This was by a career French Polisher who made his own colors and reducers....as to paint reducers, all i recall was the 1x gallon tins we used in the auto repair would have you seeing birdies when there was none if you got a nose full....

Mind you, this is all back in the 60's and 70's....and many things/products have changed.

As noted, i will preserve my AB and hand apply the MEK,...then AB the conductive paint over it to dry. It is also used in the electroplating industry for pre-treatment cleaning, but more-so for tank plating processes in comparison to brush plating.

Perhaps i should use a MEK based plumbers glue instead of the glue prep as this may also assist in the surface binding?...

Looks to me like another experiment...

Gypsy
 
In the modelling world, MEK is used a lot to solvent-weld polystyrene or ABS parts. There are a few different solvents used, but probably the most common active ingredients in solvent-type plastic cements are MEK and Dichloromethane. Long time builders eventually stop ponying up for the tiny bottles sold in hobby stores, and just buy full tins of the straight stuff from the paint thinner isle at the hardware store instead. In my experience, dichloromethane makes a better solvent weld than MEK, as it penetrates the plastic more aggressively, then evaporates out faster. Makes for stronger bonds that set and cure quicker, in other words.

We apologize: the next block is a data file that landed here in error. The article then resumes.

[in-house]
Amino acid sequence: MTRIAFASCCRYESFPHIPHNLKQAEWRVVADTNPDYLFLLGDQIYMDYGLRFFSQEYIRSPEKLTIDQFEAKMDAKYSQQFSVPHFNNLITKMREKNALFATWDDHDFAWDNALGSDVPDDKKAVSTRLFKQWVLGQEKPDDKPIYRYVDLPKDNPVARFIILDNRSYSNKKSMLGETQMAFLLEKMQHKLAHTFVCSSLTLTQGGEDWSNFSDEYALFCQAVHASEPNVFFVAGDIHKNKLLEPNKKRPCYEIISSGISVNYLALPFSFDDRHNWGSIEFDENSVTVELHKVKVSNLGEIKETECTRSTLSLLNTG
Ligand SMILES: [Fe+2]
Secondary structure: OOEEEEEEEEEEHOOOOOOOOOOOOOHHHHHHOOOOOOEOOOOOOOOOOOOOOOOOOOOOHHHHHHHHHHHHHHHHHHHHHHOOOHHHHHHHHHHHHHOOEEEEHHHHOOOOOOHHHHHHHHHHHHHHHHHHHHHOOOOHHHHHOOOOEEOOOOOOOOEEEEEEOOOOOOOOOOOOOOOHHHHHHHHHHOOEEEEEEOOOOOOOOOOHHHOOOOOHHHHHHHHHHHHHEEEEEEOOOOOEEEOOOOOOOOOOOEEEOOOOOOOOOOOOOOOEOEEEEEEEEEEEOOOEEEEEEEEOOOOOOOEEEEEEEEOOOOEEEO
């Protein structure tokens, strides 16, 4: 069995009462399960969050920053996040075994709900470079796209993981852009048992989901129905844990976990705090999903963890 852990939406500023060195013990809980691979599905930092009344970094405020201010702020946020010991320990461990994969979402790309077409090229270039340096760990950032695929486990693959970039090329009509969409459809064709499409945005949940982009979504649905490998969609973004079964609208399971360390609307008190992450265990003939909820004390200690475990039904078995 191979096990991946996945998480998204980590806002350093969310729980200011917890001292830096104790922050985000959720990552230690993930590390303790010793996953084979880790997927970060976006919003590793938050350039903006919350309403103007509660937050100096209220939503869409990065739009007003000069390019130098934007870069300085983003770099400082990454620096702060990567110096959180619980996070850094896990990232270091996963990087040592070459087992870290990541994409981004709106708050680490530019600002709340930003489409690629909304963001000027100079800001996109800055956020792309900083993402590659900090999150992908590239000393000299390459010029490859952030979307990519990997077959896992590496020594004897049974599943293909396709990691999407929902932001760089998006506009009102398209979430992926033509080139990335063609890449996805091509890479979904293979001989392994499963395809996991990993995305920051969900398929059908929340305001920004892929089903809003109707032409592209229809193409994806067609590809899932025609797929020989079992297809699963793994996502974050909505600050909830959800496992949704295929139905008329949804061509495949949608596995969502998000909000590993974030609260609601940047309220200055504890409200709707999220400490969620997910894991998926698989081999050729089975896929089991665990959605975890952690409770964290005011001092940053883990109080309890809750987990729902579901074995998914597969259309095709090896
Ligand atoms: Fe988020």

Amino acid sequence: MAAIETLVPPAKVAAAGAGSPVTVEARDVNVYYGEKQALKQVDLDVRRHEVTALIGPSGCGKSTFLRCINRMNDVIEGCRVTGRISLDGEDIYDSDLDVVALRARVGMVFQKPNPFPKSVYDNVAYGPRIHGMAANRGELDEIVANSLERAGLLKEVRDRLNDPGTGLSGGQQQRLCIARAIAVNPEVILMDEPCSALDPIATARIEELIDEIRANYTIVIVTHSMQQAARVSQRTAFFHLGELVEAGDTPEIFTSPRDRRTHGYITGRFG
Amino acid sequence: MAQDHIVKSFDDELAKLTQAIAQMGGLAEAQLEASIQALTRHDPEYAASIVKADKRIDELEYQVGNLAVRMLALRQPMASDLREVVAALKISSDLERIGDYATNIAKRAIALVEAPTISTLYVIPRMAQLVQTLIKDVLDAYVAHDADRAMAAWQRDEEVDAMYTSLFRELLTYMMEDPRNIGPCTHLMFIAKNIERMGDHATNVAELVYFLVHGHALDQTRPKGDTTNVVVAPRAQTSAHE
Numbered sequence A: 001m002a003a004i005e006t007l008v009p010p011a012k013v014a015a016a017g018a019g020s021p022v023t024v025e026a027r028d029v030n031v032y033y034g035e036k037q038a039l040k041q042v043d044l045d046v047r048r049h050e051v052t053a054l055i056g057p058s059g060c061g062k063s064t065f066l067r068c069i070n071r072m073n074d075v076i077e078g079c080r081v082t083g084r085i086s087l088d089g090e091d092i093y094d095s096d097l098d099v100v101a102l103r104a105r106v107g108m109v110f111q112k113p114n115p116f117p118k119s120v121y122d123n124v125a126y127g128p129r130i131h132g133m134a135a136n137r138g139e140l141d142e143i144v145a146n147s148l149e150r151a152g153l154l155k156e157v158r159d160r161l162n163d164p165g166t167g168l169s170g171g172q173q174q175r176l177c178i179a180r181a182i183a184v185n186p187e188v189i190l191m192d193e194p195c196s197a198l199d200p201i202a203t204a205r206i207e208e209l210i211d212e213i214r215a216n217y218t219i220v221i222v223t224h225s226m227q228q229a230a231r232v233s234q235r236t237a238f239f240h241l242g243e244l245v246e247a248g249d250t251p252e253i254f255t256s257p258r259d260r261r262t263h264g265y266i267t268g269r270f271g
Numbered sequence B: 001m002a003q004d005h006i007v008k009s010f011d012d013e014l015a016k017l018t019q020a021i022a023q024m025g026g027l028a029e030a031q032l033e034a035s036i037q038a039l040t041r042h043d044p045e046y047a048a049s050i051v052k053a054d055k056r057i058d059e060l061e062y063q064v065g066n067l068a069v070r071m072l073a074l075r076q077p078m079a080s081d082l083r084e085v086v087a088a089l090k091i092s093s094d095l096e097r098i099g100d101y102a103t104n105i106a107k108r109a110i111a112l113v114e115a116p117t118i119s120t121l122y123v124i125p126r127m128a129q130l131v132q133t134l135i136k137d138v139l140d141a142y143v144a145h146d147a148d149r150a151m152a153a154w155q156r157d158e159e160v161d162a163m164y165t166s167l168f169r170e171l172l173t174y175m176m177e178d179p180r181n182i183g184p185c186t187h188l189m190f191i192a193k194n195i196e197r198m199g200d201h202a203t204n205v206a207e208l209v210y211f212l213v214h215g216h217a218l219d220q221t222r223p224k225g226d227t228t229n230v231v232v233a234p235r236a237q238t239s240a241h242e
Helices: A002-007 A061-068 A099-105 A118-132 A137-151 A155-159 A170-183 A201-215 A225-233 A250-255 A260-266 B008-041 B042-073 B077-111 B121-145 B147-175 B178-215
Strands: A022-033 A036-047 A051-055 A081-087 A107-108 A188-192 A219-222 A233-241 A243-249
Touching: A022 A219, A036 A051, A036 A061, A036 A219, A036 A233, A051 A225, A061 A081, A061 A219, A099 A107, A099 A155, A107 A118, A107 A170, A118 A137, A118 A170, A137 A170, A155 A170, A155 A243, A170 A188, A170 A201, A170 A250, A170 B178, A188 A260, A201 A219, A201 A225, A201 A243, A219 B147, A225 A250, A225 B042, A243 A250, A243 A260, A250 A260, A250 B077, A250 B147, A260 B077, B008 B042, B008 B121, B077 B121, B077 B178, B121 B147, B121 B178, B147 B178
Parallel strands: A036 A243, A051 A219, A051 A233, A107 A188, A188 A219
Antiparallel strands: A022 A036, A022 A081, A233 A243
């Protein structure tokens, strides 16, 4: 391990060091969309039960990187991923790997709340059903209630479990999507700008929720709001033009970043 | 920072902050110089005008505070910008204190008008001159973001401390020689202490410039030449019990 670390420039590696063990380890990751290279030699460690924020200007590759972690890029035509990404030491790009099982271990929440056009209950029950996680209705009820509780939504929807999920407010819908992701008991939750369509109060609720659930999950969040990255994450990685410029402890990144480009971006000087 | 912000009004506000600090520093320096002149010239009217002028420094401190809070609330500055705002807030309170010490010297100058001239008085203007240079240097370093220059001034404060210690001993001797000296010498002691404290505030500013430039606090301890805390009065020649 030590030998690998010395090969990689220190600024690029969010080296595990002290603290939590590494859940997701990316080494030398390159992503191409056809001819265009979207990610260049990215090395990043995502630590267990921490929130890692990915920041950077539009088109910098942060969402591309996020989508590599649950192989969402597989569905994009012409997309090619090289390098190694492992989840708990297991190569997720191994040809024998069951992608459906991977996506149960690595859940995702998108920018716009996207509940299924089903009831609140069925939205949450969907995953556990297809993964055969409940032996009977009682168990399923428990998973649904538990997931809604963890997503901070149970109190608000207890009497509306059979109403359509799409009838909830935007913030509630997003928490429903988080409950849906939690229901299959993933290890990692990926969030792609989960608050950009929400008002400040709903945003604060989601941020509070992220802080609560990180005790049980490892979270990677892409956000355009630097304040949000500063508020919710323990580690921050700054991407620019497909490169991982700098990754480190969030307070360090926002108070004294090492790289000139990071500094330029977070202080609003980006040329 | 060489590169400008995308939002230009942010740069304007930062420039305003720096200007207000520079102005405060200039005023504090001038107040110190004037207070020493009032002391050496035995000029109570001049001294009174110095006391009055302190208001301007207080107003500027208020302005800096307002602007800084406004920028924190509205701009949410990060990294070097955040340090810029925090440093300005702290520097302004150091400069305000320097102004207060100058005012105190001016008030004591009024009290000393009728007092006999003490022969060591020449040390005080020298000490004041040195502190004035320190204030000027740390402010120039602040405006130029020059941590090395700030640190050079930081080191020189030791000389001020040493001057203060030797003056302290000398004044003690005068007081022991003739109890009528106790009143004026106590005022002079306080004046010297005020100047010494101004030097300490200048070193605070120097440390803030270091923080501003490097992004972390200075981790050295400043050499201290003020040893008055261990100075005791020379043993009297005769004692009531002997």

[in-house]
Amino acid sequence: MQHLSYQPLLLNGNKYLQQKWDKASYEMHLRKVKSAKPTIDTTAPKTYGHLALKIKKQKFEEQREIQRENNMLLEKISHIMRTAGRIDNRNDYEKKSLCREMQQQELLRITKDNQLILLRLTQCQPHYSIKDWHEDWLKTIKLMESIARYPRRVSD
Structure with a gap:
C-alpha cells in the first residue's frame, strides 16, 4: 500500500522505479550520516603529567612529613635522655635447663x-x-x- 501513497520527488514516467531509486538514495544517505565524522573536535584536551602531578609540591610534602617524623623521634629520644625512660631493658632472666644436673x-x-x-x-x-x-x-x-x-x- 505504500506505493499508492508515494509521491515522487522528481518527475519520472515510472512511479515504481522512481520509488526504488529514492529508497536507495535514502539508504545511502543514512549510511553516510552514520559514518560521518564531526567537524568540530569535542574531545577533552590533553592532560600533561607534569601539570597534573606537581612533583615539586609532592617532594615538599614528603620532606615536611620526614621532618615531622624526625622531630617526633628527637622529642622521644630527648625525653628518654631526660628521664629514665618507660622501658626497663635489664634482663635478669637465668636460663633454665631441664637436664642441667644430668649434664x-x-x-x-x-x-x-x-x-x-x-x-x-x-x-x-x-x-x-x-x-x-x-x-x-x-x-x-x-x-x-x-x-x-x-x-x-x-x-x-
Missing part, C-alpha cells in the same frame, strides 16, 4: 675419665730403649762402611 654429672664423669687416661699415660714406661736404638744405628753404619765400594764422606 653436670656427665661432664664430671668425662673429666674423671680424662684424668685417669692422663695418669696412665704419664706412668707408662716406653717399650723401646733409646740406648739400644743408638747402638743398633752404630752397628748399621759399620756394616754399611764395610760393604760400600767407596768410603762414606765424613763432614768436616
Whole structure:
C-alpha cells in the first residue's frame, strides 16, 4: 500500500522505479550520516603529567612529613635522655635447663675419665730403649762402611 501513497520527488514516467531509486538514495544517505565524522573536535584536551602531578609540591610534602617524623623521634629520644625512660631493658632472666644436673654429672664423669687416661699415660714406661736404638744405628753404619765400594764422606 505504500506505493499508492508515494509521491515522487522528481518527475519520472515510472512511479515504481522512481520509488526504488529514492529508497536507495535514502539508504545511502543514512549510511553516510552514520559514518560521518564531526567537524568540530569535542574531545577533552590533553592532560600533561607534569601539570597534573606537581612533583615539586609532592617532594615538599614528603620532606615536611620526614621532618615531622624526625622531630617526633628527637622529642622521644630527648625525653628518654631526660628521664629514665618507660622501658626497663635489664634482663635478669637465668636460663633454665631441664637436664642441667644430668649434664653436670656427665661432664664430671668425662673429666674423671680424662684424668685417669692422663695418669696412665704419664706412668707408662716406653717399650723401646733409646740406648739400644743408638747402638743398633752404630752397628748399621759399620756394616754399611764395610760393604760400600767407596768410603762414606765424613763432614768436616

So dichloromethane may be an alternative, though it may be tough to spray as it's so volatile I can actually imagine it flashing off almost completely while in transit between the gun tip and the substrate.

From what I can gather searching on teflon solubility, there aren't any solvents that actually dissolve Teflon. PTFE polymer is based on fluorine bonds, so it's pretty nigh PH-proof. However some solvents will soak into it, causing temporary swelling and softening which could make mechanical wear easier.

No idea what the rubber o-rings are made of. Probably polyurethane or neoprene, I'd guess, neither of which I'd expect so survive long against any of the solvents mentioned.

Leather O-rings is an interesting idea. Wonder if that's something you could DIY, with the right punch tool?
 
Thanks for the response Spider, and for the info. i was unaware of.

I'll start with trying the above first, and if results unsatisfactory, i will look at your option as an alternate path.

I'm not even sure how much demand will require this process anyway, so time is on my side.

Gypsy